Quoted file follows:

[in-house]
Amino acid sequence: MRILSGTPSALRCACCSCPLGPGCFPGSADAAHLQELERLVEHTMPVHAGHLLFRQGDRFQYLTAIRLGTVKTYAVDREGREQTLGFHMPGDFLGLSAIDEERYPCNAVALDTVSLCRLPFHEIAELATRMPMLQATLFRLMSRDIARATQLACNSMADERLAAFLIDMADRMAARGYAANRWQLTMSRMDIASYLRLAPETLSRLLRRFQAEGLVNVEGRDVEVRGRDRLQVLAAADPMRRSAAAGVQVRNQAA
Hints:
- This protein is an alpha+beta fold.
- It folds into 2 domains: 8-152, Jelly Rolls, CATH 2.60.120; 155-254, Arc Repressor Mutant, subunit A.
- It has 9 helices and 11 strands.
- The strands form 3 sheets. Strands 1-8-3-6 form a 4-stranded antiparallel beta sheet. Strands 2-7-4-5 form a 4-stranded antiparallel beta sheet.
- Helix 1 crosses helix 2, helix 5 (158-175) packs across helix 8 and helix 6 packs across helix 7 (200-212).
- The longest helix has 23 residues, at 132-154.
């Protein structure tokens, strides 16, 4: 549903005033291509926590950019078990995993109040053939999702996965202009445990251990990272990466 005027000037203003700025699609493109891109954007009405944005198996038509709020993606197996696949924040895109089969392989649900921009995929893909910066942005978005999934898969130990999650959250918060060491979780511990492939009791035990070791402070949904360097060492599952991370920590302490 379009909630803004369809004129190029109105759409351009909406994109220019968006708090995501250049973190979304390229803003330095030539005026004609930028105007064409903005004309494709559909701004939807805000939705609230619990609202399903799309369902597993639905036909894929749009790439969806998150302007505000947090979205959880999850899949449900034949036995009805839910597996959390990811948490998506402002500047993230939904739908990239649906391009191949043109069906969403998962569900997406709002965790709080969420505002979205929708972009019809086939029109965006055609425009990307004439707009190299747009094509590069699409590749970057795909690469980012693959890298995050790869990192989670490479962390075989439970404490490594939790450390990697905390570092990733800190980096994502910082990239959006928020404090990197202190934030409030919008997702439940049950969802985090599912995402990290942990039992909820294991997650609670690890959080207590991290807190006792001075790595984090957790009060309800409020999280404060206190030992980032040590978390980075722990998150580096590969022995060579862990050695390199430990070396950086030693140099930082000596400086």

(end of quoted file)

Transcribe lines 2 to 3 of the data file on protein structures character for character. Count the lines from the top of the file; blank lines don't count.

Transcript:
Amino acid sequence: MRILSGTPSALRCACCSCPLGPGCFPGSADAAHLQELERLVEHTMPVHAGHLLFRQGDRFQYLTAIRLGTVKTYAVDREGREQTLGFHMPGDFLGLSAIDEERYPCNAVALDTVSLCRLPFHEIAELATRMPMLQATLFRLMSRDIARATQLACNSMADERLAAFLIDMADRMAARGYAANRWQLTMSRMDIASYLRLAPETLSRLLRRFQAEGLVNVEGRDVEVRGRDRLQVLAAADPMRRSAAAGVQVRNQAA
Hints: